Work with what you have and enjoy the small steps you are making towards your goals. Having a winning type of mentality is very helpful, it will keep you motivated and working hard in the gym, even though you will often encounter difficulties.

Progress takes time and you need to be patient. Fortunately for us, muscle memory is real and it will enable you to get back to your initial form faster than you first did.

Don’t compare yourself with other people around you. Focus on becoming better that you were yesterday, stick to your patch and enjoy the journey.

Re-Training is Easier

Remember the study cited above about muscle memory? Well it turns out that the new nuclei which is added to the muscles when you train are never lost. Yes, the muscle will start to lose some of its size and strength. But the nuclei will still be there.

What’s the difference you may ask. I want to be strong and big, I don’t care about the nuclei being there or not. Well, I couldn’t agree more, but here is the interesting part.

The nuclei, which is never lost, will make the muscle go back to its initial size and strength much faster than initially. Here’s how this works.

When you first train, your body has to create the new nuclei, then in has to synthesis proteins and form new muscle fibers inside these new nuclei. This process happens over longer periods of time in which you need to properly train and eat.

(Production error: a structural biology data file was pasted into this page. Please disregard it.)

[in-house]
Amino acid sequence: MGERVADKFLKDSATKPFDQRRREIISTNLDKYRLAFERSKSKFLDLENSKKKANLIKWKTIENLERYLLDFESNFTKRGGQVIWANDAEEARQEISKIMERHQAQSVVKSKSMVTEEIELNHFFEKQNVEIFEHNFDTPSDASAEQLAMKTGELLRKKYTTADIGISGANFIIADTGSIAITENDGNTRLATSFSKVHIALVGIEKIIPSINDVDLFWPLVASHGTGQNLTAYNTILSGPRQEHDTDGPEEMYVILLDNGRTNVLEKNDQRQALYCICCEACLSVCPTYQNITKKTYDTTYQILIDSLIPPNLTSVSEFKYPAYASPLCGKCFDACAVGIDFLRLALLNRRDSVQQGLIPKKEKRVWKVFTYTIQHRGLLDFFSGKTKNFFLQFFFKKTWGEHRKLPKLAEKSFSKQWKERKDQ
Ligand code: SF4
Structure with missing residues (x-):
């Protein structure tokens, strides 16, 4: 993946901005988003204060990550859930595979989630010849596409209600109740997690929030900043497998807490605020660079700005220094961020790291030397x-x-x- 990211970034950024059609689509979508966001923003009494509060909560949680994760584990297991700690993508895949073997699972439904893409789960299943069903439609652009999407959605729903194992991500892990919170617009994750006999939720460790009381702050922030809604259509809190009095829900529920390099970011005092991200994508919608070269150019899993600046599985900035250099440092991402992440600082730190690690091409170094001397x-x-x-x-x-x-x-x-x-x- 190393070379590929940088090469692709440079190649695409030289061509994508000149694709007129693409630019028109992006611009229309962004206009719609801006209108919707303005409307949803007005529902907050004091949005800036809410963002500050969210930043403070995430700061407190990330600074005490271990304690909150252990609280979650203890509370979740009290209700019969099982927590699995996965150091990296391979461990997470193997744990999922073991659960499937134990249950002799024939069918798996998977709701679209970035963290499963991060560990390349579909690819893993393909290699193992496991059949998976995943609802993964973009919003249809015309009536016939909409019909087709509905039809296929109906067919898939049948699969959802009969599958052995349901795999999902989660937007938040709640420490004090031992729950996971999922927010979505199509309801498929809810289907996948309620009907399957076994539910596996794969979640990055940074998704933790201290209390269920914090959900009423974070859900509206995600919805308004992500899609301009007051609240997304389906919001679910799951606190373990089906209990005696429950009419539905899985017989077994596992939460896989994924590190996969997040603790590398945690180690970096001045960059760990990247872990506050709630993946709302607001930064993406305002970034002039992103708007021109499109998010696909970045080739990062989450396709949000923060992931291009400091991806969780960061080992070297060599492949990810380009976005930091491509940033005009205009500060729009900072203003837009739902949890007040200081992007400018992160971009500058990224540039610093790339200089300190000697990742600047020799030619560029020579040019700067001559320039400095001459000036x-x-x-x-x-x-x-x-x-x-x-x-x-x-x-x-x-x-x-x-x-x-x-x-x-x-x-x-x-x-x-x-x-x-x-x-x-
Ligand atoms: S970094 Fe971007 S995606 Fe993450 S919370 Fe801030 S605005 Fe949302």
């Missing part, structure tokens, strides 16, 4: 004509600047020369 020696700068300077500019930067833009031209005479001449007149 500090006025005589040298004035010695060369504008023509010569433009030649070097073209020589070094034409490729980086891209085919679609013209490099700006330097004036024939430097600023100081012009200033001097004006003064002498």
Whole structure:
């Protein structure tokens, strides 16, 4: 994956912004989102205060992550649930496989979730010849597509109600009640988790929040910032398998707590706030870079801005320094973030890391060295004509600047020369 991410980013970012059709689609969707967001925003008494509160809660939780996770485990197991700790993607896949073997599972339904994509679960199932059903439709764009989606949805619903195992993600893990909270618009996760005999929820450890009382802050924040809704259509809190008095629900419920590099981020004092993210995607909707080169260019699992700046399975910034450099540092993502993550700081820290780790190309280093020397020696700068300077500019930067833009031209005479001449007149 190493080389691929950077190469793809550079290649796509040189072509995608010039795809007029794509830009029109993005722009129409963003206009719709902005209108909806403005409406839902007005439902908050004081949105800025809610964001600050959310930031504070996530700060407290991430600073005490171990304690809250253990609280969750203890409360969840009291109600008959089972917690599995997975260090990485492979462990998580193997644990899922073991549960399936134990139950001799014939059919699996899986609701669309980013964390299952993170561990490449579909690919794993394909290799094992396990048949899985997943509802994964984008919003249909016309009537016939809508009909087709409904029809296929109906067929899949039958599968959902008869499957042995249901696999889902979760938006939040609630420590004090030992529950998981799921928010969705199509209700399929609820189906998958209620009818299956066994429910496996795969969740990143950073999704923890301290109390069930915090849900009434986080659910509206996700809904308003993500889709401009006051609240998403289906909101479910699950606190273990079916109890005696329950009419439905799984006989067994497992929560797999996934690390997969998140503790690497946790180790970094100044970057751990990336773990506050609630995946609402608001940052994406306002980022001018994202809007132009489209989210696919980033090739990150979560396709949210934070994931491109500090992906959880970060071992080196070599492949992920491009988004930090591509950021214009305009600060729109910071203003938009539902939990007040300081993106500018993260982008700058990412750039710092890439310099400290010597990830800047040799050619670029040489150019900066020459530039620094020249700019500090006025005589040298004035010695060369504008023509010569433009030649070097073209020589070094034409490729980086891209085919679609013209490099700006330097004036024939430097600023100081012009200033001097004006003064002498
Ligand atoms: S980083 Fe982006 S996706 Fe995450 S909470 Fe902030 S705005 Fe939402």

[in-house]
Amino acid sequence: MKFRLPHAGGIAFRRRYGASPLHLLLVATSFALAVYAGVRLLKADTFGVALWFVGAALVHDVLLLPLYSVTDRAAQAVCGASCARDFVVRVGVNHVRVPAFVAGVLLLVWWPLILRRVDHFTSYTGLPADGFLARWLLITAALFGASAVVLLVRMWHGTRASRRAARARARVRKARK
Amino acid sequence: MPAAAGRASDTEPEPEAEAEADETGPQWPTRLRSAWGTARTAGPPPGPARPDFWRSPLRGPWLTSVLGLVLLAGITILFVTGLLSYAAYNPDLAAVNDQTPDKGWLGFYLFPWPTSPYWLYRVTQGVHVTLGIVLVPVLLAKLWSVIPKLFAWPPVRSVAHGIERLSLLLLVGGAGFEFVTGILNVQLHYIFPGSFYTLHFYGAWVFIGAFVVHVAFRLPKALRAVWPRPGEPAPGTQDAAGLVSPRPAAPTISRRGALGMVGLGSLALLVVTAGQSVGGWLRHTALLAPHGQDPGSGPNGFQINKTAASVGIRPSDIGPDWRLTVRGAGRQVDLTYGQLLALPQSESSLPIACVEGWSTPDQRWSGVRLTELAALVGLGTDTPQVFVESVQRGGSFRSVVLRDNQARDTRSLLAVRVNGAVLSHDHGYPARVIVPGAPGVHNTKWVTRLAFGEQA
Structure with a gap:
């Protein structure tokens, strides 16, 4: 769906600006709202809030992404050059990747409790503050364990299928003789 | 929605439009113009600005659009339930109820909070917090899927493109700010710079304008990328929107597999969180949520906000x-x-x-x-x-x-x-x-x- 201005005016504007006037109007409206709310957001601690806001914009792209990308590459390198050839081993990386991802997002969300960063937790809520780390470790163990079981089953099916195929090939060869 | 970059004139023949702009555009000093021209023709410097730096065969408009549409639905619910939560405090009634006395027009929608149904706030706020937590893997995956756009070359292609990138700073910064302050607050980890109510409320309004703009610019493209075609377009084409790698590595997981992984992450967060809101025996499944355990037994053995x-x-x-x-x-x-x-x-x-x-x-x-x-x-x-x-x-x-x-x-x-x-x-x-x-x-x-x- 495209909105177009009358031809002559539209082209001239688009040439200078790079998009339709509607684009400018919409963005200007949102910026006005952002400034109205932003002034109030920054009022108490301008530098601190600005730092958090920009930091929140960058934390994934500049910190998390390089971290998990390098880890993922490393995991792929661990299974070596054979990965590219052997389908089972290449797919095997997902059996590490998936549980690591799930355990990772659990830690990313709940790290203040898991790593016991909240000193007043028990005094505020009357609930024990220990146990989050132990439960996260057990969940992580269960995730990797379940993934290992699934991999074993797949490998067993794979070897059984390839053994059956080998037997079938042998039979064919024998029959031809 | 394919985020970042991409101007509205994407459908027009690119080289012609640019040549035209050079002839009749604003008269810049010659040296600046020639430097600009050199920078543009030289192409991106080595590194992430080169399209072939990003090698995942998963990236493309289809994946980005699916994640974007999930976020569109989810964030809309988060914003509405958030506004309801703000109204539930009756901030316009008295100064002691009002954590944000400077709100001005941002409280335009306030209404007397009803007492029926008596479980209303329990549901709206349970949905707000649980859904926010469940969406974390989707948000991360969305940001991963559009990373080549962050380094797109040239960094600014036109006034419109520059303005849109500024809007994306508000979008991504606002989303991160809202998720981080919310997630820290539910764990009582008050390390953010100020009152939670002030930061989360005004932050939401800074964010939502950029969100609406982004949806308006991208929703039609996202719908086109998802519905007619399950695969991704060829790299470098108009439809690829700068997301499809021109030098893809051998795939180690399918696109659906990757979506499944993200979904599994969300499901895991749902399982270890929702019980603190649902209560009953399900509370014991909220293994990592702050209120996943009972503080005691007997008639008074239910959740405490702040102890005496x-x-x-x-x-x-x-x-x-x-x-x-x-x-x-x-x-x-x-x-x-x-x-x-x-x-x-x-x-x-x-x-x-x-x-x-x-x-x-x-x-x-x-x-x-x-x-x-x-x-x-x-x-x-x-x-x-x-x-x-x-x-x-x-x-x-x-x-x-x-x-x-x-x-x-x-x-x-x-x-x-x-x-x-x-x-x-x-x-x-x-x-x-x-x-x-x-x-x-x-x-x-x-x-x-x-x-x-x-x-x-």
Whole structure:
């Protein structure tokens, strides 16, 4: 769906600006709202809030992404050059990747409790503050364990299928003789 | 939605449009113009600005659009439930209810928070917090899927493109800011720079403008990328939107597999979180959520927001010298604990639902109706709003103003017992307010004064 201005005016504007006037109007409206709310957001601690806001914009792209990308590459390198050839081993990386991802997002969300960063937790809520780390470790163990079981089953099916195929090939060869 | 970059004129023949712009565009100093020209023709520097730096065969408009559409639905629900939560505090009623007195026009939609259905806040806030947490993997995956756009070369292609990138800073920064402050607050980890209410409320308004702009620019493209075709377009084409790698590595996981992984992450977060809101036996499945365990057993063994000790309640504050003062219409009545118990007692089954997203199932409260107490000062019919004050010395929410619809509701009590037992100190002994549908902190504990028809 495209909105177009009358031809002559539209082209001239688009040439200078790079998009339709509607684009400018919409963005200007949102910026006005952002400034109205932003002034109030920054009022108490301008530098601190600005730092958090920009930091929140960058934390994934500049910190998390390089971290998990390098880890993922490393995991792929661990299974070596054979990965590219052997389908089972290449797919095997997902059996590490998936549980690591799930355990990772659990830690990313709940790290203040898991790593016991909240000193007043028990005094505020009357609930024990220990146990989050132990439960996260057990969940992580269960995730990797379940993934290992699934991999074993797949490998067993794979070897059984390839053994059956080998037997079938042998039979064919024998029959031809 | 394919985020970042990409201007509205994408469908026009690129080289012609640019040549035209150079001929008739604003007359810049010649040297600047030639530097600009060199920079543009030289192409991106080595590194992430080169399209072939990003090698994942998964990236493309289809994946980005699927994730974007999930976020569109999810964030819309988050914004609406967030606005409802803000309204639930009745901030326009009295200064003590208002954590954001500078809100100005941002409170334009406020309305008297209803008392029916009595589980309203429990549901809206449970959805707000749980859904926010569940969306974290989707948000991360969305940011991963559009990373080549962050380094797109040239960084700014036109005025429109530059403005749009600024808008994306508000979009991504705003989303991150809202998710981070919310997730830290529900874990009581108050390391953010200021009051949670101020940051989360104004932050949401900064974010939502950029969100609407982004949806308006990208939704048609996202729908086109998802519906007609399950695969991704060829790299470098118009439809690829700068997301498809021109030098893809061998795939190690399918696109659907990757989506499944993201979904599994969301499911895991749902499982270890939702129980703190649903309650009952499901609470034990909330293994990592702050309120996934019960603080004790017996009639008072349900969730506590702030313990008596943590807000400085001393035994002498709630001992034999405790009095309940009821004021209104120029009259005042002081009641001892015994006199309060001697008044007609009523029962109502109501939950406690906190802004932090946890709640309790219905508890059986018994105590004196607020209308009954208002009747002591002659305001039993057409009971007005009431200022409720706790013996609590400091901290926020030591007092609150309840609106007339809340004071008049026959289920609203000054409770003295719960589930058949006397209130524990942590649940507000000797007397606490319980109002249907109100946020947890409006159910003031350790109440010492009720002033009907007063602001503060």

Once you stop training, the protein degradation rates surpass the synthesis rates and you start to lose strength and muscle. The nuclei acquired when you first started training will be preserved though.

When you get back in the gym and start training and eating right again, the first step of creating the nuclei is skipped (because the nuclei is already there), and our body starts to synthesize the protein already. This will result in faster growth in size and strength.

Workout Like a Beginner

As an intermediate to advanced lifter you most probably followed a strict workout routine which was focused on 1-2 specific group of muscles each day.

This is no longer optimal when you re-start training. The muscles will not need that much volume at first and you will be better off with full body workouts or upper / lower body splits.

This way you will be able to train each muscles more frequently and the protein synthesis will be heighten for longer periods of time. Once you gain your strength and size you can switch back to a more appropriate training split that which will allow you to get in the right intensity and volume for each muscle group.

To start with, train 3 days a week, use weights that allow you to do 10 reps relatively easy (stay 2-3 reps short of failure). Your resting periods should not exceed 1.5 minutes.

Include many compound exercises in your routine such as squats, deadlifts, bench press, pull-ups, chin-ups, rows and so on. This will help you recover faster than isolation movements.

When Will I Get Back to My Initial Form?